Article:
October 12, 2016: Evaluation Review
Geoffrey Phelps, Benjamin Kelcey, Nathan Jones, Shuangshuang Liu
Mathematics professional development is widely offered, typically with the goal of improving teachers' content knowledge, the quality of teaching, and ultimately students' achievement. Recently, new assessments focused on mathematical knowledge for teaching (MKT) have been developed to assist in the evaluation and improvement of mathematics professional development. This study presents empirical estimates of average program change in MKT and its variation with the goal of supporting the design of experimental trials that are adequately powered to detect a specified program effect...
October 3, 2016: Evaluation Review
T'Pring R Westbrook, Sarah A Avellar, Neil Seftor
BACKGROUND: The federal government's emphasis on supporting the implementation of evidence-based programs has fueled a need to conduct and assess rigorous evaluations of programs. Through partnerships with researchers, policy makers, and practitioners, evidence reviews-projects that identify, assess, and summarize existing research in a given area-play an important role in supporting the quality of these evaluations and how the findings are used. These reviews encourage the use of sound scientific principles to identify, select, and implement evidence-based programs...
September 30, 2016: Evaluation Review
Nianbo Dong, Wendy M Reinke, Keith C Herman, Catherine P Bradshaw, Desiree W Murray
BACKGROUND: There is a need for greater guidance regarding design parameters and empirical benchmarks for social and behavioral outcomes to inform assumptions in the design and interpretation of cluster randomized trials (CRTs). OBJECTIVES: We calculated the empirical reference values on critical research design parameters associated with statistical power for children's social and behavioral outcomes, including effect sizes, intraclass correlations (ICCs), and proportions of variance explained by a covariate at different levels (R (2))...
September 30, 2016: Evaluation Review
John Deke, Hanley Chiang
BACKGROUND: To limit the influence of attrition bias in assessments of intervention effectiveness, several federal evidence reviews have established a standard for acceptable levels of sample attrition in randomized controlled trials. These evidence reviews include the What Works Clearinghouse (WWC), the Home Visiting Evidence of Effectiveness Review, and the Teen Pregnancy Prevention Evidence Review. We believe the WWC attrition standard may constitute the first use of model-based, empirically supported bounds on attrition bias in the context of a federally sponsored systematic evidence review...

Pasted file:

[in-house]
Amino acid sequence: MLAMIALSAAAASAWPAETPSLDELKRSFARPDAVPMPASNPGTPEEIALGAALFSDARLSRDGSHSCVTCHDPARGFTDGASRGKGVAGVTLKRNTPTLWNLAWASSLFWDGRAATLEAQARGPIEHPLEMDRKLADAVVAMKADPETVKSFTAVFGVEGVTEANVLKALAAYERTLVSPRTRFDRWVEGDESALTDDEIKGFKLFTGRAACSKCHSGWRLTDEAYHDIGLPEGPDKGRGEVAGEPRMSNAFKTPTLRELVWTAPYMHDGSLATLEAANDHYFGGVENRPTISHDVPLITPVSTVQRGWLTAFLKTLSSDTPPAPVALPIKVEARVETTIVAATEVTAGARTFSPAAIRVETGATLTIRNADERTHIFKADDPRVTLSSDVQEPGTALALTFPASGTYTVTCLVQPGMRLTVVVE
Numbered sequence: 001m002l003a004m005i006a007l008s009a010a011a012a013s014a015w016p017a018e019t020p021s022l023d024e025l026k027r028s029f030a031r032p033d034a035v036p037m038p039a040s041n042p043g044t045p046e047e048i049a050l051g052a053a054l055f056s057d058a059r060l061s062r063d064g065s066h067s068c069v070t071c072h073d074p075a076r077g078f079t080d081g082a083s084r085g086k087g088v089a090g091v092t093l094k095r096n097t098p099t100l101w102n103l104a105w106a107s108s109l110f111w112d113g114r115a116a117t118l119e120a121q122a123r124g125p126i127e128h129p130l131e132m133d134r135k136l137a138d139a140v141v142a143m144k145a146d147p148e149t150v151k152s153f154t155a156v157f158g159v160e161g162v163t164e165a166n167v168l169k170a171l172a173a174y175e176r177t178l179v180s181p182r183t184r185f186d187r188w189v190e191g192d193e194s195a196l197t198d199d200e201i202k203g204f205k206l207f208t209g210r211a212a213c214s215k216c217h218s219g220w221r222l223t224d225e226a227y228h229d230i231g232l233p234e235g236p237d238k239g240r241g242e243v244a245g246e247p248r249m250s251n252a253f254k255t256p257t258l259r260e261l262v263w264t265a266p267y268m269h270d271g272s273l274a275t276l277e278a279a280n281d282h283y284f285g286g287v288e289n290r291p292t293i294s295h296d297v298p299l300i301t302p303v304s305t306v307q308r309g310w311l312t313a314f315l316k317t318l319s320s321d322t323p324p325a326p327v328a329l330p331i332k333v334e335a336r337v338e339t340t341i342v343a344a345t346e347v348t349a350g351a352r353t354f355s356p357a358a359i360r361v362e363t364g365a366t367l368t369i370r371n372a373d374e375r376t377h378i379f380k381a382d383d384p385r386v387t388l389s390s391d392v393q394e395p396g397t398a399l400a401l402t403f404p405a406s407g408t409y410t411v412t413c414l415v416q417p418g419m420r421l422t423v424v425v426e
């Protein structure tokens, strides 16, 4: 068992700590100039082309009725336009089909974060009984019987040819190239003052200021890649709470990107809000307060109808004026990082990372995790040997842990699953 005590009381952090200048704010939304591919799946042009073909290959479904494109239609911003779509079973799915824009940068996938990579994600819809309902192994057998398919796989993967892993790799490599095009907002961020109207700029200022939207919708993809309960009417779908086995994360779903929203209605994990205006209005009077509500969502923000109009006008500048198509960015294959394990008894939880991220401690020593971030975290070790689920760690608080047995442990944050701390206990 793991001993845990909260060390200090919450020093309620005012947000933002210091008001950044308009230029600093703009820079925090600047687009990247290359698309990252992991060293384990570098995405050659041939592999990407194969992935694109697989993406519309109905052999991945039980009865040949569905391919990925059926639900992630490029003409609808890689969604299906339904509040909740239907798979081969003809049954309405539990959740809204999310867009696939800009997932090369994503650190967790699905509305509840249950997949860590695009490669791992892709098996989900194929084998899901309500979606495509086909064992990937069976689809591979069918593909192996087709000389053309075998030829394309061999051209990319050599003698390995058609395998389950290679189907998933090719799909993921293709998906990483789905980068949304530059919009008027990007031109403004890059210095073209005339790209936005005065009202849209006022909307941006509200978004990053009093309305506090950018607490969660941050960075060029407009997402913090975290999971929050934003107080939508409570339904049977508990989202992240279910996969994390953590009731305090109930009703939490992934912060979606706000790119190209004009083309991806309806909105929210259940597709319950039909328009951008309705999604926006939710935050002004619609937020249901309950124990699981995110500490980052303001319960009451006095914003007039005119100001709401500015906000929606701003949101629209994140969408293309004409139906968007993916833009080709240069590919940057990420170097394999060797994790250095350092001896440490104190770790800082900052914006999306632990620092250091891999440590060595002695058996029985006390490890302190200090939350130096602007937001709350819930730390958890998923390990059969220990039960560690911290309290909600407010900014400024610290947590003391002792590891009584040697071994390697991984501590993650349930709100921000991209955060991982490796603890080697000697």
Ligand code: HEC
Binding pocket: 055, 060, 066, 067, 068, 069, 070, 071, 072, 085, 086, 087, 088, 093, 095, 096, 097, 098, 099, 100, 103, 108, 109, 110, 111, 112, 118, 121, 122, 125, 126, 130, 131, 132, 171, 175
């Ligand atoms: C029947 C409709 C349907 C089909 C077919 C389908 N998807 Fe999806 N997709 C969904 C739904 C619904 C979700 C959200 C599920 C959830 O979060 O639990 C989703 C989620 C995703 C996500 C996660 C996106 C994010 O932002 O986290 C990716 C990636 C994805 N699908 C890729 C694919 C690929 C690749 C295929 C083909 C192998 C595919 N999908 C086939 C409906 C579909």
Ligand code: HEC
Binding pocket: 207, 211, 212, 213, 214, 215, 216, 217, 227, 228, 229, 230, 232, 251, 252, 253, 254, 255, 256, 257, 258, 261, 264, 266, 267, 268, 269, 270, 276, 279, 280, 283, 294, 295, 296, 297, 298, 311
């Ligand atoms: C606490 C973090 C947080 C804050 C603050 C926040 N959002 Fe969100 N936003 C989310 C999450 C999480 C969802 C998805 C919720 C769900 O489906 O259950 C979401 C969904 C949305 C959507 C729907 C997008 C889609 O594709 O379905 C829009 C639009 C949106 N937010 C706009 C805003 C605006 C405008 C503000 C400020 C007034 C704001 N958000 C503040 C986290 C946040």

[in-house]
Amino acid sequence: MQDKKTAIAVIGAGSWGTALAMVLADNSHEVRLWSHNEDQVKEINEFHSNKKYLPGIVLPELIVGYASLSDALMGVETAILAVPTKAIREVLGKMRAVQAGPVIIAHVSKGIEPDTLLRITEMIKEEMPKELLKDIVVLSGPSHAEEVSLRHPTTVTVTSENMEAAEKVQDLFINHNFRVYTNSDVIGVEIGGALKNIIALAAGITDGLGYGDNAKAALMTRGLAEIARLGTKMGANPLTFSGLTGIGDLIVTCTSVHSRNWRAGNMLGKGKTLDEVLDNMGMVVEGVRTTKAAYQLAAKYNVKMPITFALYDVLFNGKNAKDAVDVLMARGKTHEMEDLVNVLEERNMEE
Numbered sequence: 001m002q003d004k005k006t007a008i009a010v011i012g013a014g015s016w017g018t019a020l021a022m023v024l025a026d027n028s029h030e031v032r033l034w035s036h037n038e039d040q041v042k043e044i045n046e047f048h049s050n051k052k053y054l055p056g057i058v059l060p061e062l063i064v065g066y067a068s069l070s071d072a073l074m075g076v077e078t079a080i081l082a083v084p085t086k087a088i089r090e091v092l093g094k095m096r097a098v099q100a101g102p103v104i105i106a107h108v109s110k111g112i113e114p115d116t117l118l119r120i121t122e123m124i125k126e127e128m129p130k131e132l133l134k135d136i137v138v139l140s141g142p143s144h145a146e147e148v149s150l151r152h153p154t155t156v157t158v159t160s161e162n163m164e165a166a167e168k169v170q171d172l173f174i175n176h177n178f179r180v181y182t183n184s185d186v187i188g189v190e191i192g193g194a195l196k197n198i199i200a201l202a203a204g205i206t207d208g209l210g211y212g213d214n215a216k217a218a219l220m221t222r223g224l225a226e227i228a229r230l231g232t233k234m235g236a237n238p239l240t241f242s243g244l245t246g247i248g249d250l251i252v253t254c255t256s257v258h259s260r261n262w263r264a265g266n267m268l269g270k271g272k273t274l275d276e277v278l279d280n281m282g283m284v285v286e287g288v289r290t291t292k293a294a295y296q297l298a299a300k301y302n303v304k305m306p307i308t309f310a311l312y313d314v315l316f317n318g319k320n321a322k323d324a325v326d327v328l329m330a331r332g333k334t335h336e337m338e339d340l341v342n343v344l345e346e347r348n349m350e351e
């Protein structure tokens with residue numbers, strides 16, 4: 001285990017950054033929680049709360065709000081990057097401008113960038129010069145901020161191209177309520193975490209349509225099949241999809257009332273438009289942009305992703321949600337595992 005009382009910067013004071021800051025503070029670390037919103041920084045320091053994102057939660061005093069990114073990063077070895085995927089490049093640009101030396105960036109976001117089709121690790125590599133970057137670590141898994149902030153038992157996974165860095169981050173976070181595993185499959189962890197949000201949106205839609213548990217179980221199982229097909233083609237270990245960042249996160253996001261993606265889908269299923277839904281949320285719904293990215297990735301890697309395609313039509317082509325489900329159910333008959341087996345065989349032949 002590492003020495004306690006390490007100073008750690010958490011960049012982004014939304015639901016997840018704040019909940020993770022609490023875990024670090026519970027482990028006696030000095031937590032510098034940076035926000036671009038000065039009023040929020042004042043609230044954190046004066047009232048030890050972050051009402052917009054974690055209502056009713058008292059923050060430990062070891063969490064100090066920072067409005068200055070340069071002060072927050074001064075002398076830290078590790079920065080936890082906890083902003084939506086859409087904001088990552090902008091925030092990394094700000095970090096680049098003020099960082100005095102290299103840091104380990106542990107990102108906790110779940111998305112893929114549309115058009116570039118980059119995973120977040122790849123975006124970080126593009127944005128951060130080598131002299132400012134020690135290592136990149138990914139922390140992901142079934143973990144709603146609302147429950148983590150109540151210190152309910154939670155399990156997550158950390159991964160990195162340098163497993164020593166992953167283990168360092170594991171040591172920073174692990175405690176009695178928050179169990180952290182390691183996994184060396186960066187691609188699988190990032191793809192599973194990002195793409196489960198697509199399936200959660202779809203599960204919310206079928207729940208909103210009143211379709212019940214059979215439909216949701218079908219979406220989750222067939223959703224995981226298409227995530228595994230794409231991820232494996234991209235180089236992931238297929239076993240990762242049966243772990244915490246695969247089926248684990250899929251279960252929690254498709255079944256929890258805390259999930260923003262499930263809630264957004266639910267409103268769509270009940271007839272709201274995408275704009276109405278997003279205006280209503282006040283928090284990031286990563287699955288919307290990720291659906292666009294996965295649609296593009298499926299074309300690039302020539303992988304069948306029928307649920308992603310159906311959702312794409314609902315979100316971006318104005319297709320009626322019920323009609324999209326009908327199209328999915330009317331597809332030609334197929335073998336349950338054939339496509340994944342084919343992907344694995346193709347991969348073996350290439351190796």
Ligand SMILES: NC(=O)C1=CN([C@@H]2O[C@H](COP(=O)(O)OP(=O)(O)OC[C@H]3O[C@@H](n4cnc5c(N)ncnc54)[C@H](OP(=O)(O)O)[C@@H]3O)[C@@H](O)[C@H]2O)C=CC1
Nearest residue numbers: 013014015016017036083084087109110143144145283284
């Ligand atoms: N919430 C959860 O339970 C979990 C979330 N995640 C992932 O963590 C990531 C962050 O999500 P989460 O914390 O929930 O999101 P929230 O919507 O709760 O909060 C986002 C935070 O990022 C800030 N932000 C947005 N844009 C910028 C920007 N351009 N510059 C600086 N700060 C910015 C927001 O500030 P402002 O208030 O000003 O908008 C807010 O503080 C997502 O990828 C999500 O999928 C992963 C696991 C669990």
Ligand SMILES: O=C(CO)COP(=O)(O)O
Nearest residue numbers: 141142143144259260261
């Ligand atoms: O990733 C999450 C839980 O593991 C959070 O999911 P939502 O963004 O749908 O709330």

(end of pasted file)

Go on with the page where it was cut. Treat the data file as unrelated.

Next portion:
September 26, 2016: Evaluation Review
Suthinee Supanantaroek, Robert Lensink, Nina Hansen
BACKGROUND: Saving plays a crucial role in the process of economic growth. However, one main reason why poor people often do not save is that they lack financial knowledge. Improving the savings culture of children through financial education is a promising way to develop savings attitudes and behavior early in life. OBJECTIVES: This study is one of the first that examines the effects of social and financial education training and a children's club developed by Aflatoun on savings attitudes and behavior among primary school children in Uganda, besides Berry, Karlan, and Pradhan...
September 7, 2016: Evaluation Review
Neil Seftor
BACKGROUND: In 2002, the U.S. Department of Education's Institute of Education Sciences (IES) established the What Works Clearinghouse (WWC) at the confluence of a push to improve education research quality, a shift toward evidence-based decision-making, and an expansion of systematic reviews. In addition to providing decision makers with evidence to inform their choices, a systematic review sets expectations regarding study quality and execution for research on program efficacy. In this article, we examine education research through the filter of a long running systematic review to assess research quality over time and the role of the systematic review in producing evidence...
September 7, 2016: Evaluation Review
Tamara M Haegerich, Corinne David-Ferdon, Rita K Noonan, Brian J Manns, Holly C Billie
Injury and violence prevention strategies have greater potential for impact when they are based on scientific evidence. Systematic reviews of the scientific evidence can contribute key information about which policies and programs might have the greatest impact when implemented. However, systematic reviews have limitations, such as lack of implementation guidance and contextual information, that can limit the application of knowledge. "Technical packages," developed by knowledge brokers such as the federal government, nonprofit agencies, and academic institutions, have the potential to be an efficient mechanism for making information from systematic reviews actionable...